Salah Mattar | 15-11-2020
A former IDF commander in the West Bank once said: “When the kid is sitting there in the base…nobody is thinking of him as a kid, you know—if there is someone blindfolded and handcuffed, he's probably done something really bad. It's OK to slap him, it's OK to spit on him, it's OK to kick him sometimes. It doesn't really matter.”
Childhood should be a golden period, a naive time of life when dreams can flourish unimpeded by reality. For me, it was a time when I believed with conviction that I would become a professional footballer (soccer player) and open a studio with my friends Ismael, Sami, Hashem, Emad to record Islamic nasheed—songs sung a cappella, with no instruments, except maybe a daf (drum). That is, until the Israeli war on Gaza in 2009 made me grow up, in just a few days, and my dream was blown away.
That changed on January 6, 2009. I was 12 years old and playing football with my friends near our U.N. school—al-Fakhura school in the Jabaliya refugee camp. For a few seconds, I felt as if time had stopped. It was only when I regained my focus that I became aware of the black cloud surrounding me and blood seemingly everywhere. I neither believed nor understood what had happened. I would only learn later that four Israeli shells had been fired into our midst in the space of two minutes, killing 40 and injuring 143.
Panicked, I ran to my house. After collecting myself, all I wanted to do was return to find out what had happened to my friends. Naturally, my mother did not want to let me leave. But I she could not stop me. When I made it back to the football field, I saw their bodies: Thirteen of my friends had been killed, including my best buddies Ismael, Sami, Emad, Bashar and Mohammed. My little community of friends had been taken from me. I went into a sort of shock. I couldn't speak.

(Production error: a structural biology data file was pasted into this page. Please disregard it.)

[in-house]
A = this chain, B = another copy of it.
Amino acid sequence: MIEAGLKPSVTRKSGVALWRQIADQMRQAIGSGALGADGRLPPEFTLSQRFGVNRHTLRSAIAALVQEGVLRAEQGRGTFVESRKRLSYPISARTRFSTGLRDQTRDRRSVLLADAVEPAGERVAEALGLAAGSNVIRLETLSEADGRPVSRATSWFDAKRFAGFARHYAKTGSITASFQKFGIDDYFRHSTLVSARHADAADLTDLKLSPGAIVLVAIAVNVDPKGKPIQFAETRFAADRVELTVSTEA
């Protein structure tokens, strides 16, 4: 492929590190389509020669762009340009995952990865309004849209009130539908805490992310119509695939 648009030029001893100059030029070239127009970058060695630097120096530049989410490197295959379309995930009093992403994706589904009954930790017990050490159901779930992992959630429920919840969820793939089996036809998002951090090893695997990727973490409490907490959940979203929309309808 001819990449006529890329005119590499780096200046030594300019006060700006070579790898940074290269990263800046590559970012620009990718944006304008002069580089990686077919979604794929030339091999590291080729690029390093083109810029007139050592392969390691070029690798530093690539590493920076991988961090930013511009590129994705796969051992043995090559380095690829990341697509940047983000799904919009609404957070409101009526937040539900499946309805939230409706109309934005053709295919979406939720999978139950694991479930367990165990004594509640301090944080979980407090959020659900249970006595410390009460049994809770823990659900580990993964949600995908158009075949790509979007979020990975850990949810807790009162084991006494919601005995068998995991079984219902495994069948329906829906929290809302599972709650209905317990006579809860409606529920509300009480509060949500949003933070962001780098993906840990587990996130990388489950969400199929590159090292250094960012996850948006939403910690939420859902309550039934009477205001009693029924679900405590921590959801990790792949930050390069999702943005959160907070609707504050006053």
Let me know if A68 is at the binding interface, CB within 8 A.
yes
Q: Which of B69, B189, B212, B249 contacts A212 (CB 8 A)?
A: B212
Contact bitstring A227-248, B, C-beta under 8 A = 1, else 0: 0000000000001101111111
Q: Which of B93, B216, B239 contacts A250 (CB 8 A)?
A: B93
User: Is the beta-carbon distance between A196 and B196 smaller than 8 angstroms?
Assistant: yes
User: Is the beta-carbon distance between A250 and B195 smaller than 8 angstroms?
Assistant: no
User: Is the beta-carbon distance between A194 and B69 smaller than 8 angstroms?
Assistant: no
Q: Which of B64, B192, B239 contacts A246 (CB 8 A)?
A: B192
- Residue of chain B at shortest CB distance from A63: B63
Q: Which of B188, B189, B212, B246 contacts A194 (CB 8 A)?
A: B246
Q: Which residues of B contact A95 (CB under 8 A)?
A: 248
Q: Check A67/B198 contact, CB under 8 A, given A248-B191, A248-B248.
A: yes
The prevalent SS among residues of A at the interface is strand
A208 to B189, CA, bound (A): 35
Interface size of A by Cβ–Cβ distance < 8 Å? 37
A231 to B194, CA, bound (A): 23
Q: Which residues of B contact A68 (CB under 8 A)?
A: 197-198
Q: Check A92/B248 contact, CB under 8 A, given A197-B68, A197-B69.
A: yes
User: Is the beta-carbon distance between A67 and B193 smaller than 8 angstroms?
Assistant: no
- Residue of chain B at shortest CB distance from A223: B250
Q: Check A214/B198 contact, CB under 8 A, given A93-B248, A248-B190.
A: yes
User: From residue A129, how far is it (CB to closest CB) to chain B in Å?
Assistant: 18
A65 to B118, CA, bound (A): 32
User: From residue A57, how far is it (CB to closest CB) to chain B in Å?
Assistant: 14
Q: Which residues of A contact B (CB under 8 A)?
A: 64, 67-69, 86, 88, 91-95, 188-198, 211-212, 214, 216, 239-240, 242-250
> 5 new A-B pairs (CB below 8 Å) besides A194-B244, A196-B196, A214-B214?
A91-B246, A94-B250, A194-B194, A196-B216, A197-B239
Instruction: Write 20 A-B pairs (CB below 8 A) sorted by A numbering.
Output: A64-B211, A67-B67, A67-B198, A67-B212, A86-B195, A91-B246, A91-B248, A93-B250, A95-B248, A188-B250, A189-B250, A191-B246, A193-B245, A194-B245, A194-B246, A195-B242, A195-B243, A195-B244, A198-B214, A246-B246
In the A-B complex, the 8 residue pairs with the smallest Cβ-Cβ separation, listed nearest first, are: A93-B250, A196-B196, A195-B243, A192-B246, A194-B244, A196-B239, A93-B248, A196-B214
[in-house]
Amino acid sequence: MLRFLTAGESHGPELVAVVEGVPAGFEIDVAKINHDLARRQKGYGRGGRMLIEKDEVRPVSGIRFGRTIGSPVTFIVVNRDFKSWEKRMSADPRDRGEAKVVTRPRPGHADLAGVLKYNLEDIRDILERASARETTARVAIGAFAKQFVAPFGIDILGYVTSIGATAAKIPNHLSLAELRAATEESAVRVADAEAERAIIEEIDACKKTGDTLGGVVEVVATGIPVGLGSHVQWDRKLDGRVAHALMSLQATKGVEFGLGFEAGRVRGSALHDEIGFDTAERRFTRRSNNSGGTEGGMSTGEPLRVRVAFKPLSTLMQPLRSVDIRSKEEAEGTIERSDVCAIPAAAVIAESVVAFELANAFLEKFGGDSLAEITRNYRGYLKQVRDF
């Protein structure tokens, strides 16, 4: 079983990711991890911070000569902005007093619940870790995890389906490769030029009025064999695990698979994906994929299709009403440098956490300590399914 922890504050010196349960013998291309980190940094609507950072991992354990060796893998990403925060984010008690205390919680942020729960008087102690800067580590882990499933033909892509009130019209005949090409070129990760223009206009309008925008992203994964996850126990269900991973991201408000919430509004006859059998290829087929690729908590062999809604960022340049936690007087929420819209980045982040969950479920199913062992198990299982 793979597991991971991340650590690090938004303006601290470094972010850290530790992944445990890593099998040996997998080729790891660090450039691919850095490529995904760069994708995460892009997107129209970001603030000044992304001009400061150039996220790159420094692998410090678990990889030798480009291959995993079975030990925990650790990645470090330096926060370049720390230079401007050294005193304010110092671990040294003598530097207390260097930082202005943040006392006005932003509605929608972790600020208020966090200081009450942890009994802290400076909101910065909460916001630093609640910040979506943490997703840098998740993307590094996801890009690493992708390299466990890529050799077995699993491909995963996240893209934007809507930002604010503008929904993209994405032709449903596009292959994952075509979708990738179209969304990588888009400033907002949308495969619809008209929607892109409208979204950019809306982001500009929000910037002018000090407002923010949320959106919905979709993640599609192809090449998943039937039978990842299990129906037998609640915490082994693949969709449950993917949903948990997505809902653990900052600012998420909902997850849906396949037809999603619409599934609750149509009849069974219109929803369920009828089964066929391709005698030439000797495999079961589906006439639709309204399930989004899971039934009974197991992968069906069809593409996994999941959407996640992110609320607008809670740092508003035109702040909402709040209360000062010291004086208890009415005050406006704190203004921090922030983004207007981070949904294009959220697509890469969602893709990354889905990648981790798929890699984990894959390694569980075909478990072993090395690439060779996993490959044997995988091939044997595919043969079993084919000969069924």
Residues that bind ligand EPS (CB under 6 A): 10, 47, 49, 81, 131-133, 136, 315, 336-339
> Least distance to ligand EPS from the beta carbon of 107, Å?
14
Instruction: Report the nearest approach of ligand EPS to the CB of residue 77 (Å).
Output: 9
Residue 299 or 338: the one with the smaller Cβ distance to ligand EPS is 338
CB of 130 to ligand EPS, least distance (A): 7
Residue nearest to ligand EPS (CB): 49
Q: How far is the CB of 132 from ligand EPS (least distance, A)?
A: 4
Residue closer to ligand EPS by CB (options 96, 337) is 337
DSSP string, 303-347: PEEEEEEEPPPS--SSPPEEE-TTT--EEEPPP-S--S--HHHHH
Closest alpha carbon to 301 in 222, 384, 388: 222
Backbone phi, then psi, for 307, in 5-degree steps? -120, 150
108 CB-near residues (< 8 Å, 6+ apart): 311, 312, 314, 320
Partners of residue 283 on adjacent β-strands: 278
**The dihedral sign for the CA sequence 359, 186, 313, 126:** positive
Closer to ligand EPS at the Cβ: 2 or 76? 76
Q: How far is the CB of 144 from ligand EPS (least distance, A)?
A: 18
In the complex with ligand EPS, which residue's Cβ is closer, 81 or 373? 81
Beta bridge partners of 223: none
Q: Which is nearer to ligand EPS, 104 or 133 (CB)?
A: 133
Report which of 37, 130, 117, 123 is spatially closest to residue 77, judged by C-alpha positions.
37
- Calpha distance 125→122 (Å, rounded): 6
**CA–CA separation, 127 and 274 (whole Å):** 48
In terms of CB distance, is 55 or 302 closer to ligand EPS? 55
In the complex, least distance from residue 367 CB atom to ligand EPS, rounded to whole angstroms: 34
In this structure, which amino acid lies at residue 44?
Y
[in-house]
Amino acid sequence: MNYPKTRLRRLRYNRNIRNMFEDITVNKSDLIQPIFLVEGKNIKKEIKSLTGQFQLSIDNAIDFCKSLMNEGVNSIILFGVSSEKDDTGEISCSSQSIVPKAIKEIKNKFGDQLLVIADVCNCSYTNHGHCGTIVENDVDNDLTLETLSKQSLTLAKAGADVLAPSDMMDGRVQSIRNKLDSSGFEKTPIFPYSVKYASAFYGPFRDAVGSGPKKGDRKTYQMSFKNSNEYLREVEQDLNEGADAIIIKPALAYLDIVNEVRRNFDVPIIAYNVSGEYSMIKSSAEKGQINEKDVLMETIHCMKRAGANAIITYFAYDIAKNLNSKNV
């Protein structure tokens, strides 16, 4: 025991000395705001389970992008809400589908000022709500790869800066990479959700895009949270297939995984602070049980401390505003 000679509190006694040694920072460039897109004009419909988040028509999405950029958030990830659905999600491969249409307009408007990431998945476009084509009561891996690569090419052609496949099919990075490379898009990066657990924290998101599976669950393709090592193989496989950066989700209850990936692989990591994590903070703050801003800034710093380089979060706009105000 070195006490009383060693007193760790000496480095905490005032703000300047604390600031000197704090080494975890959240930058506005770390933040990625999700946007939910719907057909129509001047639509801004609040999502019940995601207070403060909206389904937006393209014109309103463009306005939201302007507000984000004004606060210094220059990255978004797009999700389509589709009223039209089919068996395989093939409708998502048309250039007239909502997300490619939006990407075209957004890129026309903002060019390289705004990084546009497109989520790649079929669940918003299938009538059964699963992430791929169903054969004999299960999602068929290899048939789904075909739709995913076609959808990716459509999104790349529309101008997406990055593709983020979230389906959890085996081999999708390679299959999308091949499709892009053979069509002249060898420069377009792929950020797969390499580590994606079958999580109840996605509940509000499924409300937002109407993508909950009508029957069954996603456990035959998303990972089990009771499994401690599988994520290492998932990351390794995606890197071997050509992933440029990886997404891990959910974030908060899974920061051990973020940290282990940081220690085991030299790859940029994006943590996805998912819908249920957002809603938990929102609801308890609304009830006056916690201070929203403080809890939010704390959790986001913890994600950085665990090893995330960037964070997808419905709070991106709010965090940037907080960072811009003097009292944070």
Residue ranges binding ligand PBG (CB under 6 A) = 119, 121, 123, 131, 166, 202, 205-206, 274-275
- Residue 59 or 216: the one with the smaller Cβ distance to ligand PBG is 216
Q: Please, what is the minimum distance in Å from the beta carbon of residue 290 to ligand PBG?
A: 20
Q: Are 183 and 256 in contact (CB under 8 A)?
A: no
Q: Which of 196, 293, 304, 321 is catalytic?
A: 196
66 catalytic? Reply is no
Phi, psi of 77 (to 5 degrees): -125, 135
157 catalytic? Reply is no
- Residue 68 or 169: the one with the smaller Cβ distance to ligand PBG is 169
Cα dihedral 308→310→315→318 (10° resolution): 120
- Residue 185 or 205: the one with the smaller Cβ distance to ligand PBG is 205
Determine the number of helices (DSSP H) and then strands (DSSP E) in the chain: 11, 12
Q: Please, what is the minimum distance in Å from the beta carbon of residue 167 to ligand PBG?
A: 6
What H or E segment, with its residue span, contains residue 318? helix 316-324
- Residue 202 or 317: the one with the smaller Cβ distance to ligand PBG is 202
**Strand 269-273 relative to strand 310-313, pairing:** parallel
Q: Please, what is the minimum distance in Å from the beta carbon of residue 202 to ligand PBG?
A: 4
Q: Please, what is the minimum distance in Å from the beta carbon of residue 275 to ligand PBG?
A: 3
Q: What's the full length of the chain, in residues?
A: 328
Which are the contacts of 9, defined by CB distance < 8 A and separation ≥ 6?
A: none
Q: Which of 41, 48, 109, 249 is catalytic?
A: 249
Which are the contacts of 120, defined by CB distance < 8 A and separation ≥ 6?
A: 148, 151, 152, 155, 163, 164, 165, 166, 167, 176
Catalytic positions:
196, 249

Ismael and I had spent so much time together as boys. We attended classes together, went to the market for our families together and even prayed together at the mosque. Ismael was intelligent, very loving and so giving. He tirelessly explained to me the many lessons I could not understand at school.
The only other survivor among us was Hashem. But sometimes he feels guilty about that. He lost 15 family members, including his father and a brother, on that wretched day when his house was struck. They were killed while they were eating lunch in their courtyard.
I felt so alone after that wretched day. I had almost no one left to play football or to go to school with. I still wonder what sort of men they would have been if they were had been given the chance to live. Of course, they were sometimes troublemakers, like most young boys our age. But they were also smart and loving. We stood by one another, because we knew this is how to survive.
I recall a fellow student who came from a lower economic background than the rest of us schoolboys. He wasn’t able to buy snacks at school, unlike the rest of us. Knowing this, we all agreed to collect some money to help him. We put the money in his bag and left an anonymous message: "Be strong, we are with you. Your friends." It was easy to notice how much it warmed his heart. We did this again and again until there were no more boys who needed help.
Today, I am 22 and despite that trauma and those that have followed, life persists. I actively chose to not give up, a task that was not easy. Despite the tragedy then, and the daily tragedy of Gaza, I majored in English language and literature at the Islamic University. When I was a freshman, I contemplated writing the story about what had turned my life upside down. But I couldn’t find a platform on which to publish it. Then, I joined the We Are Not Numbers (WANN) family and I found the courage and time to share my story—one that is familiar to so many of us who have grown up in Gaza.
I want to see an end one day to the barbaric practices of the Israeli occupation. I want to travel without restrictions. I want to return to the land from which my grandparents were expelled in 1948. More than that, though, I want us to grieve memories—distant recollections, instead of daily occurrences in which the buzzing of drones is the soundtrack of our lives and stories of lost family members and friends are only a few years or weeks old.
I want to live. I want to live safely. I want to pursue dreams. I no longer want my identity as a Palestinian in Gaza to be considered a crime.
Posted: November 15, 2020